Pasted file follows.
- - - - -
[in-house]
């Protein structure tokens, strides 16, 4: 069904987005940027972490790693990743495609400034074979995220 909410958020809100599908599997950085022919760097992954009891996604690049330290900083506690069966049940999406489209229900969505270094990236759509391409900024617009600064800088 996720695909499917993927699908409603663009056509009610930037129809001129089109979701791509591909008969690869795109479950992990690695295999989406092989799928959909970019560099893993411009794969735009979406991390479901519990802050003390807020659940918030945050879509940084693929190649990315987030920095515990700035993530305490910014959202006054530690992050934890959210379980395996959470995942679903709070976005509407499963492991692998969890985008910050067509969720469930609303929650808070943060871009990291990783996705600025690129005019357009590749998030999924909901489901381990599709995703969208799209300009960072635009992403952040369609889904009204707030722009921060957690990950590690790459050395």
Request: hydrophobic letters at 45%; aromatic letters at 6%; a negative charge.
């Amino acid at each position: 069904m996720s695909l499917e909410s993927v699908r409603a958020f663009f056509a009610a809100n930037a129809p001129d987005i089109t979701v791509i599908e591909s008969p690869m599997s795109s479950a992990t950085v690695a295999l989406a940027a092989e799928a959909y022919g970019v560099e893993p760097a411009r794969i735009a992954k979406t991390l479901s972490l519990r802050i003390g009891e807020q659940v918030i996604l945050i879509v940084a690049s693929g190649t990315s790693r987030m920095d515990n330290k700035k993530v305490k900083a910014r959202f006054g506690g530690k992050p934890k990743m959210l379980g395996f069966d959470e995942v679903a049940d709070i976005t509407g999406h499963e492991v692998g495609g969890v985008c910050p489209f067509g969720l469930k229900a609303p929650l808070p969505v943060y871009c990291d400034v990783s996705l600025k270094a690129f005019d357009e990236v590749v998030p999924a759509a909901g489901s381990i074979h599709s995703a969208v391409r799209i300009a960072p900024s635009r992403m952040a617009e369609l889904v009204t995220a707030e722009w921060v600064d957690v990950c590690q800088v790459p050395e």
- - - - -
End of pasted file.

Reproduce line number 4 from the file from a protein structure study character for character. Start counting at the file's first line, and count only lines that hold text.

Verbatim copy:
């Amino acid at each position: 069904m996720s695909l499917e909410s993927v699908r409603a958020f663009f056509a009610a809100n930037a129809p001129d987005i089109t979701v791509i599908e591909s008969p690869m599997s795109s479950a992990t950085v690695a295999l989406a940027a092989e799928a959909y022919g970019v560099e893993p760097a411009r794969i735009a992954k979406t991390l479901s972490l519990r802050i003390g009891e807020q659940v918030i996604l945050i879509v940084a690049s693929g190649t990315s790693r987030m920095d515990n330290k700035k993530v305490k900083a910014r959202f006054g506690g530690k992050p934890k990743m959210l379980g395996f069966d959470e995942v679903a049940d709070i976005t509407g999406h499963e492991v692998g495609g969890v985008c910050p489209f067509g969720l469930k229900a609303p929650l808070p969505v943060y871009c990291d400034v990783s996705l600025k270094a690129f005019d357009e990236v590749v998030p999924a759509a909901g489901s381990i074979h599709s995703a969208v391409r799209i300009a960072p900024s635009r992403m952040a617009e369609l889904v009204t995220a707030e722009w921060v600064d957690v990950c590690q800088v790459p050395e």